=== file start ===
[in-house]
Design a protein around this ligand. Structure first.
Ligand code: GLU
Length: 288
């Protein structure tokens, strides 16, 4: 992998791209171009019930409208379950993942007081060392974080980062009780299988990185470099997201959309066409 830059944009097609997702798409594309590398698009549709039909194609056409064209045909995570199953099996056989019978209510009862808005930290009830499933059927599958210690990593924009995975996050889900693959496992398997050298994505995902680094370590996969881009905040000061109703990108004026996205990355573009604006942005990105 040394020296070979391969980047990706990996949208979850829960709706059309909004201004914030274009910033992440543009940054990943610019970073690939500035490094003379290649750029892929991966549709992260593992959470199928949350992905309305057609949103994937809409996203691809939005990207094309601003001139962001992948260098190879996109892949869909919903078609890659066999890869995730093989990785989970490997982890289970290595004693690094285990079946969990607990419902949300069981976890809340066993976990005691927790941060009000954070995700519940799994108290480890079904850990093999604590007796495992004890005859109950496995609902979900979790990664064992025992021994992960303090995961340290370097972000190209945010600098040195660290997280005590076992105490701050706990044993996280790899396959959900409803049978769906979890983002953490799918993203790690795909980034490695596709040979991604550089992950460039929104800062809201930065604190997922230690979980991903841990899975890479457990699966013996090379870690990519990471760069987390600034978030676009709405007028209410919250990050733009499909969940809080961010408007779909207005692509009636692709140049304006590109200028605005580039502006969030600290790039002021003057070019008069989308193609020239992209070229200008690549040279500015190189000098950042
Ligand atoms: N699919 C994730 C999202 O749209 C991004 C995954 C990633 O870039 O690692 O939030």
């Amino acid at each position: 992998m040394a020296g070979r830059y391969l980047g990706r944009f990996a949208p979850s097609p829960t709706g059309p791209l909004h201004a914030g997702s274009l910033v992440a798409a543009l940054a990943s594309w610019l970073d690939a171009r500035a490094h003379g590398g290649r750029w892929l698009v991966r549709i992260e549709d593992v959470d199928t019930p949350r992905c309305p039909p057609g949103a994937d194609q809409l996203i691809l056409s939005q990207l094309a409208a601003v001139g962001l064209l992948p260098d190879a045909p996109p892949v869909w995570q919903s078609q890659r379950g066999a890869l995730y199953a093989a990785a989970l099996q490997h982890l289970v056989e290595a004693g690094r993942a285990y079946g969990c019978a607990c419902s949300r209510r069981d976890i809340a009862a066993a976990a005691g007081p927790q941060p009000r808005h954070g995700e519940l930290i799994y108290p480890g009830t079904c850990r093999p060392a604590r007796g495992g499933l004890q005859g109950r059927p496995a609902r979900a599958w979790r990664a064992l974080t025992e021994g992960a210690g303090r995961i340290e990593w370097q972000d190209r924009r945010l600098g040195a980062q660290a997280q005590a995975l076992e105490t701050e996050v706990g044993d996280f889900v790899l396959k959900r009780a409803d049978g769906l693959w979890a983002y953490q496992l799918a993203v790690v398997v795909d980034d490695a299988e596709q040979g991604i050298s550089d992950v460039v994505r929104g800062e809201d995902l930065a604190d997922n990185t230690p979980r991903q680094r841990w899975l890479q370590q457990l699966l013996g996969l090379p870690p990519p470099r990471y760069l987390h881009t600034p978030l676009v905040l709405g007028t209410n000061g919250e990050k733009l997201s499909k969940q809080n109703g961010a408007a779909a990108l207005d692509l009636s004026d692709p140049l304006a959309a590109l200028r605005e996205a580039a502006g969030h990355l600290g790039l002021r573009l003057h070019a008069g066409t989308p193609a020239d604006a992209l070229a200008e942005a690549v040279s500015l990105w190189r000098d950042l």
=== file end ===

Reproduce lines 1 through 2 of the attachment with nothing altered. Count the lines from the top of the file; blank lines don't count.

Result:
[in-house]
Design a protein around this ligand. Structure first.